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Digital Inequality and Second-Order Disasters

Fri, May 22, 15:00 to 16:15, Caribe Hilton, Flamingo D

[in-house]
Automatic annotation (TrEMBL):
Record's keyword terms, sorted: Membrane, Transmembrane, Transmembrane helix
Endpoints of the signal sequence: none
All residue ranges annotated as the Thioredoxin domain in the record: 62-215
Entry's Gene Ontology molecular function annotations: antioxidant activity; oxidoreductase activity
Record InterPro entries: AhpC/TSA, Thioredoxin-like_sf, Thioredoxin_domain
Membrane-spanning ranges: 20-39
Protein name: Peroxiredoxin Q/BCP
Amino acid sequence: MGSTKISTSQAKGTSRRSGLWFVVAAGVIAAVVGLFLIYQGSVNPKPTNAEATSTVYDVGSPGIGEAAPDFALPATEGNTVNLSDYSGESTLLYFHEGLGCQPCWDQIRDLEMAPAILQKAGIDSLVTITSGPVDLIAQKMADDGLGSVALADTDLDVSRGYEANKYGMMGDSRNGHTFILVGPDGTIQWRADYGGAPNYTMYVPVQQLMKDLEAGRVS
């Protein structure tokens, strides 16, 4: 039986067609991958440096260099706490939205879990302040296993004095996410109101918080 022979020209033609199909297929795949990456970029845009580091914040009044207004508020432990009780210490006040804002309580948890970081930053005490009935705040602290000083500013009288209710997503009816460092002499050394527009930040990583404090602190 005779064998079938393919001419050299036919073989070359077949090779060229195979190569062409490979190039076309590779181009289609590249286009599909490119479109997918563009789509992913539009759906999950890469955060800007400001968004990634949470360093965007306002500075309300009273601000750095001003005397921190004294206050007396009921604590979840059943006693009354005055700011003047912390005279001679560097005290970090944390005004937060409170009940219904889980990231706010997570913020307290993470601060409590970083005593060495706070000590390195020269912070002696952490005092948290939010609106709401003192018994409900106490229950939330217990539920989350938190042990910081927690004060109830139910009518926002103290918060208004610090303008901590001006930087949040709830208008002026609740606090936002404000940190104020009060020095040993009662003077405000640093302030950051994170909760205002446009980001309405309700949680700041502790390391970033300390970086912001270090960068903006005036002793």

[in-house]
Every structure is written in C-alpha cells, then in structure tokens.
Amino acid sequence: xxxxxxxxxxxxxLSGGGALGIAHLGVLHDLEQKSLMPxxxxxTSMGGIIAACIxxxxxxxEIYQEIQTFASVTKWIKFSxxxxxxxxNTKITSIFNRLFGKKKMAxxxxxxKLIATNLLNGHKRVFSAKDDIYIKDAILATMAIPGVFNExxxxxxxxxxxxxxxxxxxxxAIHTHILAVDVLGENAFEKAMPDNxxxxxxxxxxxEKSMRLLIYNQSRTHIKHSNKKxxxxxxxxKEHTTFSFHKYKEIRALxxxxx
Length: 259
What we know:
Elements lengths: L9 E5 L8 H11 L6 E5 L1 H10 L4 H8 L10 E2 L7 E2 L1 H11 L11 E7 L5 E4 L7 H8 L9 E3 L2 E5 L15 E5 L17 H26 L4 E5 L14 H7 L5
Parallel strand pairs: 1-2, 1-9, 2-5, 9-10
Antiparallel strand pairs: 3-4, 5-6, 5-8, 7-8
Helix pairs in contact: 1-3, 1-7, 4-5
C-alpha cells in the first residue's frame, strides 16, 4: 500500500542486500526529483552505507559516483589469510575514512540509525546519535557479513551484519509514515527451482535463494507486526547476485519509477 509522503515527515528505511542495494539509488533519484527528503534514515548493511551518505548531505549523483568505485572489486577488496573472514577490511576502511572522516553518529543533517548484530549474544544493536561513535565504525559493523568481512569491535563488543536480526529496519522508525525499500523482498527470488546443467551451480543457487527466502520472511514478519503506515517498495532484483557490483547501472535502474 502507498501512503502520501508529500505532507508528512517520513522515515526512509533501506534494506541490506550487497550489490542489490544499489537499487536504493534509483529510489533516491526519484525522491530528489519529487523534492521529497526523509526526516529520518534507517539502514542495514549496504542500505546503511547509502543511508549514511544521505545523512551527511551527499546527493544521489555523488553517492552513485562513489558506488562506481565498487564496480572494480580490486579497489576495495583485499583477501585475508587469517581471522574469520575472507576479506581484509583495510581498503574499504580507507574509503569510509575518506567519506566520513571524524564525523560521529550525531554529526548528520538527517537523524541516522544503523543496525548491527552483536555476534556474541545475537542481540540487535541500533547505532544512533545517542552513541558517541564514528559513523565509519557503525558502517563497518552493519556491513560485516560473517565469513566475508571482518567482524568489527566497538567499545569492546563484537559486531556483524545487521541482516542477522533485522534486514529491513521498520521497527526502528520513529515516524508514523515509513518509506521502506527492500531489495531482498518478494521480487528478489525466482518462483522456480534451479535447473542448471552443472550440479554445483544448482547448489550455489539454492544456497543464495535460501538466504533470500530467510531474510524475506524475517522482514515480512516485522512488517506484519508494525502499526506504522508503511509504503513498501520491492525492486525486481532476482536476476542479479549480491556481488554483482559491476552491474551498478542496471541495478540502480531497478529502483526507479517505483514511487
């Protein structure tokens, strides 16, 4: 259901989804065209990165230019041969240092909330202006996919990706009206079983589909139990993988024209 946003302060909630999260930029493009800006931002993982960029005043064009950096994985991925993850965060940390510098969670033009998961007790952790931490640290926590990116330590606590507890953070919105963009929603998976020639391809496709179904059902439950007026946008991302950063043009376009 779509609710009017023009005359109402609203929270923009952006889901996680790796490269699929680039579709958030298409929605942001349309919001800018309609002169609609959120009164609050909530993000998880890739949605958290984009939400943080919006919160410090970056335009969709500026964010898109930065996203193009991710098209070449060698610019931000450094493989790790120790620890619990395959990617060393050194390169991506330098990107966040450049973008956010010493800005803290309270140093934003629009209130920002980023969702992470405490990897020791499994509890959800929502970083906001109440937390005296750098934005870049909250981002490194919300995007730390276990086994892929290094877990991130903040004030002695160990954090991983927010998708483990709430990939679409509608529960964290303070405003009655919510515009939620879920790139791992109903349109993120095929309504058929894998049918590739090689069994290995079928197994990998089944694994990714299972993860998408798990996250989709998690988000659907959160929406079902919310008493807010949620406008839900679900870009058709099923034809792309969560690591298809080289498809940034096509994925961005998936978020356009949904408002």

This article investigates whether new communication technologies can mitigate the consequences of disasters and disaster recovery for affected populations. We pay particular attention to questions of social inequality and how it intersects with digital inequality. Drawing on a long-term ethnography with affected communities recovering from Typhoon Haiyan that hit the Philippines in 2014 triggering a massive humanitarian response, we observe that digital inequality can amplify social inequalities leading to a ‘second order disaster’. This refers to humanly perpetuated disasters that can even surpass the effects of the natural disaster. The fact that some participants are recovering at a rapid pace while others are languishing behind represents a deepening of social inequalities. Those already relatively better off have access to a richer media landscape which they are able to navigate often reaping significant benefits. By contrast, the more disadvantaged participants have access to a diminished media landscape and are less likely to take advantage of any opportunities. Rather than democratising opportunities digital media exacerbate social inequalities by heightening the life chances for the better off, whilst leaving the poorer participants further behind.